Leash training

Loose-leash dog training: the best way to train your dog – Part 5

A final tip to help you with loose-leash training your dog is about helping your dog to walk in a specific spot.

Dawn Jecs, dog trainer and owner of Choose To Heel in Puyallup, Washington, teaches dogs to walk in a certain spot in relation to the handler. When they’re in that spot, the leash is loose. “I teach the dog where I want it to walk,” Dawn says.

Before Dawn starts training leash walking, she first teaches the dog to go to an area ahead at her left side, about 18 inches out and 18 inches ahead. This is close enough to hand the dog a treat reward or snap the leash on or off, yet far enough away that it’s not underfoot. When the dog goes to that place, Dawn praises and gives it a treat, then ends the exercise.

Dawn repeats this, without walking forward, until the dog easily goes to that rewarded spot. She teaches with the same cue she uses for walking: “Let’s go.” When the dog hears that cue, it immediately moves into position.

Then Dawn starts leash training. “For a dog to learn to walk on a loose leash, it must get practice and success with the leash loose the whole time and not get to the end of the leash,” she says. “To accomplish this, Dawn praises and rewards the dog while it’s still in the area by her side, before it can tighten the leash.”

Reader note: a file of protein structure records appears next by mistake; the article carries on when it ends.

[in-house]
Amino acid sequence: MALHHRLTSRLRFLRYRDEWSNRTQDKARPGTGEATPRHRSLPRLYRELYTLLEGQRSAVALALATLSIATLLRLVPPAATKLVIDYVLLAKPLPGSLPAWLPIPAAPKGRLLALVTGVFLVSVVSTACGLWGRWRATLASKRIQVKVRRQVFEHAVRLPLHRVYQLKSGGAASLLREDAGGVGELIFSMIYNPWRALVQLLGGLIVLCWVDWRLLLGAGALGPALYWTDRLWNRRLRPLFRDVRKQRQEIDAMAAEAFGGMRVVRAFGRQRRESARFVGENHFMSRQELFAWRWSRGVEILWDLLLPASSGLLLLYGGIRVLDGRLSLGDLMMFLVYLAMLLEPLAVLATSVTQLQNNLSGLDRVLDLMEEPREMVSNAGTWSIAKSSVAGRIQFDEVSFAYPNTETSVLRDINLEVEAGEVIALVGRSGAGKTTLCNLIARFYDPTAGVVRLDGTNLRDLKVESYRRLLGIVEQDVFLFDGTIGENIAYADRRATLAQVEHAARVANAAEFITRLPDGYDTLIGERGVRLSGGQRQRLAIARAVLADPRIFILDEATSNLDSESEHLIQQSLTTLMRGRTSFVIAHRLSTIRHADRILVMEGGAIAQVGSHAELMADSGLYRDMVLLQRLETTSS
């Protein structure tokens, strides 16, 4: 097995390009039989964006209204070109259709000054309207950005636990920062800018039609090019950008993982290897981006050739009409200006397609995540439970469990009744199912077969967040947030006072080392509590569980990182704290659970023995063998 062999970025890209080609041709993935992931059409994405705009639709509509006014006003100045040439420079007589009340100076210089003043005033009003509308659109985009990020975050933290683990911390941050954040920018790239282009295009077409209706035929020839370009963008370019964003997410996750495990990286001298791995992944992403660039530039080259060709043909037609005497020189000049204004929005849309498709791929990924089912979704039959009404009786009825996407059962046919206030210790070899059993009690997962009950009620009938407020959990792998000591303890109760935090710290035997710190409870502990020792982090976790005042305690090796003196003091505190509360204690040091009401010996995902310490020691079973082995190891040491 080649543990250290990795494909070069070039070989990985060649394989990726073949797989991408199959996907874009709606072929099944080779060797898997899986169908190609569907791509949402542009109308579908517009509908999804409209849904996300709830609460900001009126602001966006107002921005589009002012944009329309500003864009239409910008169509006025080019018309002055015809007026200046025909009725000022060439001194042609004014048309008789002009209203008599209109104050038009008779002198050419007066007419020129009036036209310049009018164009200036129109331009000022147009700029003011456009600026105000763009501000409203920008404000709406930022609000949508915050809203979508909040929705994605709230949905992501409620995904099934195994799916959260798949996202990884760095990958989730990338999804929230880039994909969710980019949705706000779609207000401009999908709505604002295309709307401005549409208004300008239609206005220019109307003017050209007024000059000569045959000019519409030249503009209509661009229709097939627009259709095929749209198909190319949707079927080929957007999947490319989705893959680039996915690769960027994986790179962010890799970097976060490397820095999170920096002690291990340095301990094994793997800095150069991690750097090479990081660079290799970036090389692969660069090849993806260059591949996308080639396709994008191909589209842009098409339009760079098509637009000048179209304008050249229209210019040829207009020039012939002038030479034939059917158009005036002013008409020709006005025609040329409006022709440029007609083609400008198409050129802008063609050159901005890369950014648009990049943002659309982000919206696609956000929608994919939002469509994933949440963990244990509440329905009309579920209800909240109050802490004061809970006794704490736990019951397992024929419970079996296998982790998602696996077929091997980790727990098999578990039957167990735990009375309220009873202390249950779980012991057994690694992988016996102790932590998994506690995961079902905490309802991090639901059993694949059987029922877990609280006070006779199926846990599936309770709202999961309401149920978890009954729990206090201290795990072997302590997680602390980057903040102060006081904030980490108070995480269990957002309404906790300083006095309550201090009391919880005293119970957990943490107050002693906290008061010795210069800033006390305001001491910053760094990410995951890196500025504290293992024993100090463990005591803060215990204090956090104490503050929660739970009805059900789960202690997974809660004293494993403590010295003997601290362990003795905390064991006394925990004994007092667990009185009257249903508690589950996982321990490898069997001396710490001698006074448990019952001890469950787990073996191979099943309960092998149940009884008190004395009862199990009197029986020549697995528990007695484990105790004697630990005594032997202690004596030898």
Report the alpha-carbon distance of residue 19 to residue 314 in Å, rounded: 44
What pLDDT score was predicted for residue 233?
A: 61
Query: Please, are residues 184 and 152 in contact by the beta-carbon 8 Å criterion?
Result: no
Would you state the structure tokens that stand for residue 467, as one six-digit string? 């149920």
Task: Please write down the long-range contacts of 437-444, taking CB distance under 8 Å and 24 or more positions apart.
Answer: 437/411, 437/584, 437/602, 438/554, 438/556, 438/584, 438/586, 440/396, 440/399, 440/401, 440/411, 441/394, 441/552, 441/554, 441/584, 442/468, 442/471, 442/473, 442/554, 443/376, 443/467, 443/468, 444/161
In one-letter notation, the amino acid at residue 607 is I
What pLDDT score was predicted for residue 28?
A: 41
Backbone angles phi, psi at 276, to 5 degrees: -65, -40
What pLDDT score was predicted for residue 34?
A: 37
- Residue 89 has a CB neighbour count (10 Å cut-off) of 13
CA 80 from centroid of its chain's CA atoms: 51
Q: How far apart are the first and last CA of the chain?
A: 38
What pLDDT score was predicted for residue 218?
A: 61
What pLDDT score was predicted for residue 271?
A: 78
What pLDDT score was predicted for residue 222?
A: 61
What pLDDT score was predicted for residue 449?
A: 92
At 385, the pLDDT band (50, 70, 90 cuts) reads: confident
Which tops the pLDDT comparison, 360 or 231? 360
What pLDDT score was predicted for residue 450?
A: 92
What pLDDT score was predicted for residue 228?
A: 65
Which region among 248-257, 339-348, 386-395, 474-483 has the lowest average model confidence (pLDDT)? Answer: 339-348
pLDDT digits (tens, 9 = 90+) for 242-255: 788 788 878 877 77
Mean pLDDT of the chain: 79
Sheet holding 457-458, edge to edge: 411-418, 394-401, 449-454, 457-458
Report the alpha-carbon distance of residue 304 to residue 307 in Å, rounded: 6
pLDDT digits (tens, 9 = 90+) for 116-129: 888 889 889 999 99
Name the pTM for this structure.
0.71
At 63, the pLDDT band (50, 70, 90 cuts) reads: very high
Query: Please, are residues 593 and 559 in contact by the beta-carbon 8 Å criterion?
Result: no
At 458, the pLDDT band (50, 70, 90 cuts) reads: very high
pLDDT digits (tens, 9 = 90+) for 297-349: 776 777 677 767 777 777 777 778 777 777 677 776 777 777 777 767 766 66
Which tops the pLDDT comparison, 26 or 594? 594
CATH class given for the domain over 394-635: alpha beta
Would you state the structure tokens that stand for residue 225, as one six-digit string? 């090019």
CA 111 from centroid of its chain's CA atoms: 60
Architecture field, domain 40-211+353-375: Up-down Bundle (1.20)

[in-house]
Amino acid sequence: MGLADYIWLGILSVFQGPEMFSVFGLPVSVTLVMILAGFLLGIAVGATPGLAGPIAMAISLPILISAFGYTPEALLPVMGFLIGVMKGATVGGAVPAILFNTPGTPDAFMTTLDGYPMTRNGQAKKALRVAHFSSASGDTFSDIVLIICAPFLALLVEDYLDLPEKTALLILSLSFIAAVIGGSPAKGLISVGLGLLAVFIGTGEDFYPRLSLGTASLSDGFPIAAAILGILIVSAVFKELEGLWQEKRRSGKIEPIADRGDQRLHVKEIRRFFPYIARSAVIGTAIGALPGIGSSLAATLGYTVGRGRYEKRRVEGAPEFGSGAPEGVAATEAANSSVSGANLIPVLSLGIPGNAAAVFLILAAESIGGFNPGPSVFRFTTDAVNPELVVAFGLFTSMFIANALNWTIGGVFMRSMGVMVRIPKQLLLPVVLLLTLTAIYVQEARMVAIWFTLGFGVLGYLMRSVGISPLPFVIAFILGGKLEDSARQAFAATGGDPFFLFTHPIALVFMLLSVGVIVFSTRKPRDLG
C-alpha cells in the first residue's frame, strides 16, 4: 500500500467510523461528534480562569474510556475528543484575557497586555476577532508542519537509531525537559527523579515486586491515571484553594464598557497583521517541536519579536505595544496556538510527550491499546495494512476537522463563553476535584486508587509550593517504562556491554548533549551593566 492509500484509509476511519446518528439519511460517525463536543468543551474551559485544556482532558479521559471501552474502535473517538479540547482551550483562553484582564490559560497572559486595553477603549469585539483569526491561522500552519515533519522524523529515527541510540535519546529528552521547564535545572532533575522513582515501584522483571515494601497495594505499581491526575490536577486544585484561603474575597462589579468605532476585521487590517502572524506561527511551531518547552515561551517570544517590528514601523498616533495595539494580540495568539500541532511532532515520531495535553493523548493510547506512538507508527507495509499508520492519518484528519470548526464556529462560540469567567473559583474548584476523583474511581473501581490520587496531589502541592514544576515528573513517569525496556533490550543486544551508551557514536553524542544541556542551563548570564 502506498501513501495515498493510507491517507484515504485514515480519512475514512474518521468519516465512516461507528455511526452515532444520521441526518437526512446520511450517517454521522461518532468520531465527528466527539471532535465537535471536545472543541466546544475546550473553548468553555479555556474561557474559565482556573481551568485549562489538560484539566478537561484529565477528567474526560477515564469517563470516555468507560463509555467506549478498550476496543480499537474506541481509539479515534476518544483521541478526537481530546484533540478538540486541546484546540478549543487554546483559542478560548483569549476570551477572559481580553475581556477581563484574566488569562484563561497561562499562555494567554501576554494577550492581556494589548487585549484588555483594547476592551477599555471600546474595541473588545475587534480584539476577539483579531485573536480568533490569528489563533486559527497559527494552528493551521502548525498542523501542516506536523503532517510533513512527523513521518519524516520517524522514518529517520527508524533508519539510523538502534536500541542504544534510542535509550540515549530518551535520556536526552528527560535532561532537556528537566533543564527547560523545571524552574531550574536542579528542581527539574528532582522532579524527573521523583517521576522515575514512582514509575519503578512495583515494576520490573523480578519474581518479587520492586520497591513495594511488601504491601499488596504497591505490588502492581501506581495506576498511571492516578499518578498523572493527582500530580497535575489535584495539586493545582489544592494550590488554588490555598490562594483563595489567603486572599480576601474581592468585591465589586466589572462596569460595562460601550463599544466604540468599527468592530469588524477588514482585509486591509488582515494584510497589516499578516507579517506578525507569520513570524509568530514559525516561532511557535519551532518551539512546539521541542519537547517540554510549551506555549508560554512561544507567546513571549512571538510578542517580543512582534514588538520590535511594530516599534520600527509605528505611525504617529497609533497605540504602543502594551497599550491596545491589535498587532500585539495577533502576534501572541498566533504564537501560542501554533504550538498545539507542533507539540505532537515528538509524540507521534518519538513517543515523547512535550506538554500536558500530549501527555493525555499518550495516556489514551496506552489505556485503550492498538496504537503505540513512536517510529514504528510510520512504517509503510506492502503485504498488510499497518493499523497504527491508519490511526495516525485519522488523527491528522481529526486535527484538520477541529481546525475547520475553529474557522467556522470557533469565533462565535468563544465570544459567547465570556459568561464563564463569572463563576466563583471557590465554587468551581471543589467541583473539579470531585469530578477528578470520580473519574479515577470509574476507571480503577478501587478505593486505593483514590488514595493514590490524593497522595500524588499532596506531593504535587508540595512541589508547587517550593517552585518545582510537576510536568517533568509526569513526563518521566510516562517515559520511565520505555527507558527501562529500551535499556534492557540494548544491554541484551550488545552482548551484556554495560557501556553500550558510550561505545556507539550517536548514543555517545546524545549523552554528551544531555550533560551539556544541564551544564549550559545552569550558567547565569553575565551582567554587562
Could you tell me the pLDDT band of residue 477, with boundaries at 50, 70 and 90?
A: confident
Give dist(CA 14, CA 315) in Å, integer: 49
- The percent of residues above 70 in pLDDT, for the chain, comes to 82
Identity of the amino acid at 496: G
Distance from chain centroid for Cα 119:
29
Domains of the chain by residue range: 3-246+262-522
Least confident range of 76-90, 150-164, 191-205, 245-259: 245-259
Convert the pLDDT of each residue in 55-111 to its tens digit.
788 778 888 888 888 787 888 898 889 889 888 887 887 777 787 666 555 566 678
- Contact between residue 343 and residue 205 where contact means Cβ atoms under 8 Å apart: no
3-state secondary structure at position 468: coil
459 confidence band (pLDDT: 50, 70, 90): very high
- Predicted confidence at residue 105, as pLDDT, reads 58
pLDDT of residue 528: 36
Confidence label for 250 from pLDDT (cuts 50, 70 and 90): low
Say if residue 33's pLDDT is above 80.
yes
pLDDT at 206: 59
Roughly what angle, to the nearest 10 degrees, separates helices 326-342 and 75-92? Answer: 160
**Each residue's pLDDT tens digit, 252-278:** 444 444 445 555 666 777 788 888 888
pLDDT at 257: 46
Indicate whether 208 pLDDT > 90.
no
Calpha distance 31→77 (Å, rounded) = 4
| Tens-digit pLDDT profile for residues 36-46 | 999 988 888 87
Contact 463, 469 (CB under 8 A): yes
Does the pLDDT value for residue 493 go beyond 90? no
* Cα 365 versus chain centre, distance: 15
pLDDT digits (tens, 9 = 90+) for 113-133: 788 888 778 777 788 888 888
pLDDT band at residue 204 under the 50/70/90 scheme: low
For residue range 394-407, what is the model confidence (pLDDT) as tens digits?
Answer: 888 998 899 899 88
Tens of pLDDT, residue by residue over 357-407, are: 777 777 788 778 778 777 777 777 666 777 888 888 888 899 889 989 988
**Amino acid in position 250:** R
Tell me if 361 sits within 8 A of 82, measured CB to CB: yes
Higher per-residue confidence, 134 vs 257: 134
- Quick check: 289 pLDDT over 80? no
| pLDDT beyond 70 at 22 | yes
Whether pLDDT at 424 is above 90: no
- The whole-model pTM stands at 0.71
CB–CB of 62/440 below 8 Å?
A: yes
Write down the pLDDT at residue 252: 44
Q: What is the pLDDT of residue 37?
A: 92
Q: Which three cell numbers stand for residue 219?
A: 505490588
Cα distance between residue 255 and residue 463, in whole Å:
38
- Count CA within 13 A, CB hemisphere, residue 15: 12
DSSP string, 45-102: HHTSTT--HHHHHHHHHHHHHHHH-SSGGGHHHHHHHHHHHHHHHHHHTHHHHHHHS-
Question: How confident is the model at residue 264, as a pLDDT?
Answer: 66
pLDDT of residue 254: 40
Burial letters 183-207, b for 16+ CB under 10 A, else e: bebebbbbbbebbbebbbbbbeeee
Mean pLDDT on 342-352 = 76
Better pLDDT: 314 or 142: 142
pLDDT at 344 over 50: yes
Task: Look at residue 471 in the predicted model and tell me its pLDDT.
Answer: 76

“Every three steps, reward the dog with verbal praise and treat it while it’s in the position it’s learning and the leash is loose,” Dawn says. “Then release the dog and start over. Each time, before walking, say, ‘Let’s go,’ and reward the dog for going into position.”


Pick one of the methods we discussed that works best for you. Try it out for two to three weeks. You should start to see improvement right away and fairly steady progress, but you may hit a plateau where your dog stops improving for several days. If this happens, give one of the other methods a try. Some dogs respond better when several different positive techniques are used.

A puppy with polite leash skills is a joy to walk. Instead of dreading walks, you’ll look forward to them. Your arm won’t hurt, your pup won’t wheeze, and when people see you walking together, they’ll admire your puppy’s good manners.